• The April 2020 Ligado Order from the FCC recognized the likelihood of interference to GPS signals and requires Ligado to pay the federal government the costs for repairs. However, 99 percent of the more than 900 million GPS devices found in the United States are used by the private sector, consumers, as well as state and local governments; under the current Order, they—or their consumers—would have to bear the costs.
    • The bipartisan legislation will require Ligado to cover the cost for correcting any interference their operations create for the public or private sector. While the Ligado Order says that they must upgrade or replace government devices that are impacted by the order, it isn’t specific about what those costs are and is silent on the private sector. This bill specifically outlines that all the areas of potential costs that must be borne by Ligado, including but not limited to engineering, construction, site acquisition, research, personnel or contracting staff, labor costs, etc, and specifically notes that these apply to those impacted in the private sector as well.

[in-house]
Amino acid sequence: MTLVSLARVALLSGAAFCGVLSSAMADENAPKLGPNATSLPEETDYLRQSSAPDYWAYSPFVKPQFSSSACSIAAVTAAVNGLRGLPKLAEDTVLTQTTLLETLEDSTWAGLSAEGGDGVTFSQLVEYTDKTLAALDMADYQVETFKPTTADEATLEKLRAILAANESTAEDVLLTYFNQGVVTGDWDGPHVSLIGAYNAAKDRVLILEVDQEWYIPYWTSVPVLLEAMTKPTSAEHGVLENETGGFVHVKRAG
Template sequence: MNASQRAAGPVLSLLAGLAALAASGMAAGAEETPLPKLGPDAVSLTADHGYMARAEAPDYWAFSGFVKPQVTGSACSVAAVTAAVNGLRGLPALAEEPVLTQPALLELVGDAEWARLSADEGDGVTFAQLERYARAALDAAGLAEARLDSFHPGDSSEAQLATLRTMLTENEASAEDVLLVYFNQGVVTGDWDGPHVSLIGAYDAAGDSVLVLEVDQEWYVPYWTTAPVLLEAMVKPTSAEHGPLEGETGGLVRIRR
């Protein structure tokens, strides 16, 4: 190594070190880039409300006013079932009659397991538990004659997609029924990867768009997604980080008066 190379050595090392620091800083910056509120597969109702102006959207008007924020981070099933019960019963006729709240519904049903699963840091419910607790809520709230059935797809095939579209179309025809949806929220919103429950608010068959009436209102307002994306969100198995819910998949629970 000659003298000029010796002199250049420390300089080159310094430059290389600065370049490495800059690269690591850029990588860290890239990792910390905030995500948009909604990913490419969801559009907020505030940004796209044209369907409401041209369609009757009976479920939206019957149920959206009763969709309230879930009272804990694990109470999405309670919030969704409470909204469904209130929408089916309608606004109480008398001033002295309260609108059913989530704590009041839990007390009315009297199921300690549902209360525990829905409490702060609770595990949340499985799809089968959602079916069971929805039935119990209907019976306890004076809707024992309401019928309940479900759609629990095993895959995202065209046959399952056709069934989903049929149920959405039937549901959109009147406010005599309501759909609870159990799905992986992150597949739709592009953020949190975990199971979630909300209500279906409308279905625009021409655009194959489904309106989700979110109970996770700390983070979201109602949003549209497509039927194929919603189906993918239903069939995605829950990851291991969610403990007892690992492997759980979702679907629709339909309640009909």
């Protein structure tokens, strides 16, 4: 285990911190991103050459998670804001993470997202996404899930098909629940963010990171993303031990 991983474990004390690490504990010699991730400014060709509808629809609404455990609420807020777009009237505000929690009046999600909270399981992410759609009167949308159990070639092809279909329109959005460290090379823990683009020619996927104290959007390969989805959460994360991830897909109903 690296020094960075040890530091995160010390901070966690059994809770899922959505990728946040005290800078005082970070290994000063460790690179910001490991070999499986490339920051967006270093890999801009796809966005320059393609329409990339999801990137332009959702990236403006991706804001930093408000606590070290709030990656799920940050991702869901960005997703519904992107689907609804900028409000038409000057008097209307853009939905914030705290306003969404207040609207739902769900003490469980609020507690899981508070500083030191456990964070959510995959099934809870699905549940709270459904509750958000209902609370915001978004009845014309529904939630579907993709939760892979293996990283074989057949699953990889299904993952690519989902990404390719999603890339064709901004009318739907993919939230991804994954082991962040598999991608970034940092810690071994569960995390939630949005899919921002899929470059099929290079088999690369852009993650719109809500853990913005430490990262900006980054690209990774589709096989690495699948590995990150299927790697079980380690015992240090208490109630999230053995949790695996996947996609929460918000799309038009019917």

• In April 2020, Inhofe and the three other tops Members of the Armed Services Committees penned an op-ed, in which they claimed “the [FCC] has used the [COVID-19] crisis, under the cover of darkness, to approve a long-stalled application by Ligado Networks — a proposal that threatens to undermine our GPS capabilities, and with it, our national security.” They claimed:
      • So, we wanted to clarify things: domestic 5G development is critical to our economic competiveness against China and for our national security. The Pentagon is committed working with government and industry to share mid-band spectrum where and when it makes sense to ensure rapid roll-out of 5G.